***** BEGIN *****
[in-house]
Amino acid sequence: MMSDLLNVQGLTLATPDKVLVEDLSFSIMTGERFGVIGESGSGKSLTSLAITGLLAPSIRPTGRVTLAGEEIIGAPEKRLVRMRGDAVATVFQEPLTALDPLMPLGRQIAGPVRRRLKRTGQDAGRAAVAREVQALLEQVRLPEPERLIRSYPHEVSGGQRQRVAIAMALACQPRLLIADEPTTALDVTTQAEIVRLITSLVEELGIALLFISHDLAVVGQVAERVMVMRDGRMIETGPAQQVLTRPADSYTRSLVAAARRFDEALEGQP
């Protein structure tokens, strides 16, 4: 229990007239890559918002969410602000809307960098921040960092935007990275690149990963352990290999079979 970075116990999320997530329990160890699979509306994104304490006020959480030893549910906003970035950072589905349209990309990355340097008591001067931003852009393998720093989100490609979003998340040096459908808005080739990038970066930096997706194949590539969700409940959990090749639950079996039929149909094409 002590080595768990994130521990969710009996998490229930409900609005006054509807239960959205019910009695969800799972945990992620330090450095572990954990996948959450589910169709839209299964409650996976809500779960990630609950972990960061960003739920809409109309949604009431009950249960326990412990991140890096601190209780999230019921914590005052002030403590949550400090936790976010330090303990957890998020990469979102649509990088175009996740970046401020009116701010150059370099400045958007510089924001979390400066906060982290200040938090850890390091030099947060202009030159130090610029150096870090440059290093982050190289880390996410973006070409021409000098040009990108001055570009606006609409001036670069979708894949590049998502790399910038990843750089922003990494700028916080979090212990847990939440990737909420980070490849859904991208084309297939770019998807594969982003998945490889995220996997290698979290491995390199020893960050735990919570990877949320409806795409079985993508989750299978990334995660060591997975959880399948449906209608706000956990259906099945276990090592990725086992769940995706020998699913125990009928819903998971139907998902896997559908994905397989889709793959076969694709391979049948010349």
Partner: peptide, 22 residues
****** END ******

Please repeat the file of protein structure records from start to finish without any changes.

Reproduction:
[in-house]
Amino acid sequence: MMSDLLNVQGLTLATPDKVLVEDLSFSIMTGERFGVIGESGSGKSLTSLAITGLLAPSIRPTGRVTLAGEEIIGAPEKRLVRMRGDAVATVFQEPLTALDPLMPLGRQIAGPVRRRLKRTGQDAGRAAVAREVQALLEQVRLPEPERLIRSYPHEVSGGQRQRVAIAMALACQPRLLIADEPTTALDVTTQAEIVRLITSLVEELGIALLFISHDLAVVGQVAERVMVMRDGRMIETGPAQQVLTRPADSYTRSLVAAARRFDEALEGQP
């Protein structure tokens, strides 16, 4: 229990007239890559918002969410602000809307960098921040960092935007990275690149990963352990290999079979 970075116990999320997530329990160890699979509306994104304490006020959480030893549910906003970035950072589905349209990309990355340097008591001067931003852009393998720093989100490609979003998340040096459908808005080739990038970066930096997706194949590539969700409940959990090749639950079996039929149909094409 002590080595768990994130521990969710009996998490229930409900609005006054509807239960959205019910009695969800799972945990992620330090450095572990954990996948959450589910169709839209299964409650996976809500779960990630609950972990960061960003739920809409109309949604009431009950249960326990412990991140890096601190209780999230019921914590005052002030403590949550400090936790976010330090303990957890998020990469979102649509990088175009996740970046401020009116701010150059370099400045958007510089924001979390400066906060982290200040938090850890390091030099947060202009030159130090610029150096870090440059290093982050190289880390996410973006070409021409000098040009990108001055570009606006609409001036670069979708894949590049998502790399910038990843750089922003990494700028916080979090212990847990939440990737909420980070490849859904991208084309297939770019998807594969982003998945490889995220996997290698979290491995390199020893960050735990919570990877949320409806795409079985993508989750299978990334995660060591997975959880399948449906209608706000956990259906099945276990090592990725086992769940995706020998699913125990009928819903998971139907998902896997559908994905397989889709793959076969694709391979049948010349």
Partner: peptide, 22 residues